There is no doubt that the aviation industry has a huge impact not only on the economy but on nature as well. To celebrate World Water Day, celebrated on the 22nd of March, Skycop looked into how the aviation industry reduces its impact on our planet by reducing water consumption.
In 2017, airplane manufacturer Airbus reported that the company’s total water consumption was 4,011,897 m3 yearly. They also introduced steps to reduce that number. Instead of using drinking water for industrial and sanitary needs, Airbus in Hamburg now treats river water, resulting in significant savings. In Spain, waterless urinals will be installed at all sites and air-cooled pumps are replacing water-cooled versions. Improved irrigation and revamped landscaping are helping conserve water usage in Texas, USA.
Airlines also try to pollute less water. For example, KLM was among the first airlines when it switched to the EcoShine method of cleaning an aircraft’s exterior in 2012. This semi-dry washing technique requires 80 times less water than the previous system (150 liters instead of 12,000 liters to clean a Boeing 777) and saves up to 8 000 000 liters of water each year. Emirates saved 11 000 000 liters of water a year after adopting this method in April 2016.
Turning the focus on minimizing water consumption might also be financially beneficial to the airlines, as fuel consumption is directly tied to the weight of the aircraft and its load. In 2018, Finnair adjusted the standard water cargo volume, gaining annual fuel savings of 100 tones.
Environment and Ecology Research by Merve Özlem Vurmaz and Hülya Boyacioglu defined airports as places of high water consumption, mostly for processes that don’t need potable water like cooling systems, fire control, cleaning and washing of vehicles, runways, and aircraft. Research focusing on water consumption of an airport located in Turkey showed that annual water consumption was about 436000 m3 /year. Irrigation, fire control system, cooling towers, and terminal WC use accounted for the lion’s share, with 23%, 7%, 26%, and 20 % take respectively. Water used for WC and food consumption fluctuated between 6.5-10 L per passenger in the airport. Consider this: around 4.3 billion passengers flew on scheduled flights in 2018.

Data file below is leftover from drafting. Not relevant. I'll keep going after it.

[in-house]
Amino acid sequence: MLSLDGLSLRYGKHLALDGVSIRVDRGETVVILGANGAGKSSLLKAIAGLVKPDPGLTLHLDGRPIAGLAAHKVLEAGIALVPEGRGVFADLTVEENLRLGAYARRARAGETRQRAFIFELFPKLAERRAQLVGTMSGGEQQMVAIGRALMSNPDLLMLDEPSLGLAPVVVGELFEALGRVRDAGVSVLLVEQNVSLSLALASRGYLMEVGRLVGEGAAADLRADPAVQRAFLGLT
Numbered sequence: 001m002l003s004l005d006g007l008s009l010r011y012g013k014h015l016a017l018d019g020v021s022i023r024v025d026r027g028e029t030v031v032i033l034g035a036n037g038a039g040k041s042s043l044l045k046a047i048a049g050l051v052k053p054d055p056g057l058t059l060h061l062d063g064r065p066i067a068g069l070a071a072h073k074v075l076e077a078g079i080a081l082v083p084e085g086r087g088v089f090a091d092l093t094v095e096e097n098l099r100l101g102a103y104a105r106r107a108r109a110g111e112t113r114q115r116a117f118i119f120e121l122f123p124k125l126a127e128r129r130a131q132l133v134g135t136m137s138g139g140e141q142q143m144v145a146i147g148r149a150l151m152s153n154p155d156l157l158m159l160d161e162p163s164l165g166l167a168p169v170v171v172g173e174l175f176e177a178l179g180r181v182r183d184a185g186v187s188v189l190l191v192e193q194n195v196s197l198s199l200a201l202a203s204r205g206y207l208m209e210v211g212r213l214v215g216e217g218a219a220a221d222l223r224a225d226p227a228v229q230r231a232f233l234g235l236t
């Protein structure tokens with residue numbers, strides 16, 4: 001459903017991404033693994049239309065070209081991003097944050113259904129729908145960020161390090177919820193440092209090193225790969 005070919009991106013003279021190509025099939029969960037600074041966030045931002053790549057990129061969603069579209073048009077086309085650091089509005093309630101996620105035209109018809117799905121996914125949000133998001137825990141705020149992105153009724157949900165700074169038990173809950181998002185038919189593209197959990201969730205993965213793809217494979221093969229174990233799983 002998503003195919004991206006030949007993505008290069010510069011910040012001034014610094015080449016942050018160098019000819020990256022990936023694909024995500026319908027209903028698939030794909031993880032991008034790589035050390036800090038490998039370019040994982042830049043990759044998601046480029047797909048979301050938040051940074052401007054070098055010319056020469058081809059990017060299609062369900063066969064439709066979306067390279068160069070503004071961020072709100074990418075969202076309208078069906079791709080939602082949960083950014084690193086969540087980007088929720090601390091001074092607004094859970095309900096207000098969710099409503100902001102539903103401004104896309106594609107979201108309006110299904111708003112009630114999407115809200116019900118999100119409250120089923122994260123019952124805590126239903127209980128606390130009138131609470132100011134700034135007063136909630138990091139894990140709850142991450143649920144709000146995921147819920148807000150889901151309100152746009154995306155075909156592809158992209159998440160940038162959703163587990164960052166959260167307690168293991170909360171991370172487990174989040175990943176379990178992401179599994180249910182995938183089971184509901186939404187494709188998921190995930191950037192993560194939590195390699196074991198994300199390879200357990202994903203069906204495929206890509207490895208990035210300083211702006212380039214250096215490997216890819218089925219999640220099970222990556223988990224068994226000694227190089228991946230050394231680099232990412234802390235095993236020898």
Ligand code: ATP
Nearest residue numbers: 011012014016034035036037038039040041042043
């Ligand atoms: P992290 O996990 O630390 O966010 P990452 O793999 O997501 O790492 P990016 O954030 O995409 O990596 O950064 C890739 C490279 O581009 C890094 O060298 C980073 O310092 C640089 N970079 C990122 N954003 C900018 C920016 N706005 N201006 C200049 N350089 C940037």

Airports recognize their impact and are conserving water in a variety of ways: by using reclaimed water for irrigation, street sweeping, construction dust control, and car washing; by using advanced water purification systems; by installing water-saving low-flow fixtures in restrooms; by finding options for stormwater management, etc.
There is no way to entirely eliminate aviation’s impact on nature, but reducing it as much as possible is the way to go. But if any airline goes greedy over the green and refuses to pay compensation for your disrupted flight, get in touch with Skycop to help you in your fight for what’s rightfully yours.
Cover photo by Andrey Filippov. Distributed under CC BY 2.0
A Look Back to 2019 in Aviation
France Is Undergoing It’s Most Massive Strike In Decades
European Commission Updates EU Air Safety List
5 Supersonic Jets That May Bring Back Faster Than Sound Travel
Bad News for Phone Addicts: Cells and Planes Won’t Get Along